On May 17, 1967, Rev. Martin Luther King Jr. spoke from the steps of Sproul Hall at the University of California’s  Berkeley campus, before a massive crowd of 7,000 students. The NAACP had recently released a statement calling King’s growing criticism of the US war in Vietnam a “serious tactical mistake.” King was unwavering. He […]

King’s voice thundered: “It costs $500,000 to kill every enemy soldier while we spend only $53 a year for every poor person. — limitless life

January 18, 2022 Posted by | Uncategorized | Leave a comment

Nuclear weapons must be relegated to the past – Treaty for the Prohibition of Nuclear Weapons

The letter also marks the first anniversary of Pope Francis’ statement prior to the entry into force of the treaty on Jan. 22, 2021; the Pope said nuclear weapons “strike large numbers of people in a short space of time and provoke long-lasting damage to the environment.” On Tuesday, the archbishop said, “It is the duty of the Archdiocese of Santa Fe, the birthplace of nuclear weapons, to support that treaty while working toward universal, verifiable nuclear disarmament.”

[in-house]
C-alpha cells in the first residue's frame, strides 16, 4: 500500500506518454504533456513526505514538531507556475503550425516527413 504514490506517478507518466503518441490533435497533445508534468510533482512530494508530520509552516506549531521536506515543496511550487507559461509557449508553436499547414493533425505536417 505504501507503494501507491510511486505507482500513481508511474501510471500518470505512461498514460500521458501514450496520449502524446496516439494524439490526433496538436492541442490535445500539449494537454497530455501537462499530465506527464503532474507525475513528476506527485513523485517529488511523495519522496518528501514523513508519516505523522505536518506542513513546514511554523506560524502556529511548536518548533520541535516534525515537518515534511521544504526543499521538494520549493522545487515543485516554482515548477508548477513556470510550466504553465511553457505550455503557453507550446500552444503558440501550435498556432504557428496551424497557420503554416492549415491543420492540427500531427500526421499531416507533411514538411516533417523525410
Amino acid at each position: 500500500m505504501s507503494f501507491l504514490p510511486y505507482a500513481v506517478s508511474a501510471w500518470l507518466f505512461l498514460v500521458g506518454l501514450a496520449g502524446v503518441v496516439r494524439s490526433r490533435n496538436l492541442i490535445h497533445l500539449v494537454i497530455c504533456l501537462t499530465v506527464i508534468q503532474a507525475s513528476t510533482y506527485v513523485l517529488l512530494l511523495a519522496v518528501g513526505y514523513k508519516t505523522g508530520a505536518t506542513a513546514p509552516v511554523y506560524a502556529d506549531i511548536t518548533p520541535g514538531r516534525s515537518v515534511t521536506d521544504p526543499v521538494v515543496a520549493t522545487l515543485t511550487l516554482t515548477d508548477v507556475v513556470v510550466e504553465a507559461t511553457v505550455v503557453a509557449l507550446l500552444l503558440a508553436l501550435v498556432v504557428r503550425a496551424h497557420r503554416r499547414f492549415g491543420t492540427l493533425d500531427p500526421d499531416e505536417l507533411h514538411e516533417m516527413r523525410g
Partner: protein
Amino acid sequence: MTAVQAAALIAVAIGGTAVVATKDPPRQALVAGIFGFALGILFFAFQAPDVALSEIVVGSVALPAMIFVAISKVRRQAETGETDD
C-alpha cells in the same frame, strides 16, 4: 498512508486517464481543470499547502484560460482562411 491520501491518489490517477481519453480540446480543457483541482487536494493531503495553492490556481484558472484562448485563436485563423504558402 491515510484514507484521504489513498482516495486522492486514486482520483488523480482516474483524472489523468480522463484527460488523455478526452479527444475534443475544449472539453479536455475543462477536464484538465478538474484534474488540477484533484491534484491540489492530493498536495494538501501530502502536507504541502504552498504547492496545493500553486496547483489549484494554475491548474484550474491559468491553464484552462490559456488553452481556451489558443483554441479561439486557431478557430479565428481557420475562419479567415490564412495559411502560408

As of this week, the treaty has 59 member nation signatories. The purpose of the treaty is to outlaw the manufacture, testing, possession, stockpiling and use or threat of use of nuclear weapons. It is the legal form chosen by 122 nations who, in 2015, sought a route toward disarmament that would be more effective than the United States’ languishing 1970 promise to disarm “at an early date.”

Nuclear weapons must be relegated to the past,  https://www.santafenewmexican.com/opinion/my_view/nuclear-weapons-must-be-relegated-to-the-past/article_d247c8d8-7559-11ec-ab06-bfa71f3f3b1e.html, By Basia Miller, Jan 16, 2022  .

On Jan. 11, the Archbishop of Santa Fe, John C. Wester, shared his pastoral letter, “Living in the Light of Christ’s Peace: A Conversation Toward Nuclear Disarmament” (“Archbishop decries labs’ weapons production,” Jan. 12).

His letter, a timely, courageous and powerful call for a culture of peace, comes at a time when the United States appears to be entering a new arms race, one in which contamination of the waters and lands of the Rio Grande watershed with radioactive, toxic and hazardous pollutants is often accepted passively, without questioning the deadly — and growing — enterprise behind it.

In his summary, the archbishop makes a link between the costs of military spending and the reciprocal effect on civilian life. He says, “Moreover, we are robbing from the poor and needy with current plans to spend at least

$1.7 trillion to ‘modernize’ our nuclear weapons and keep them forever.”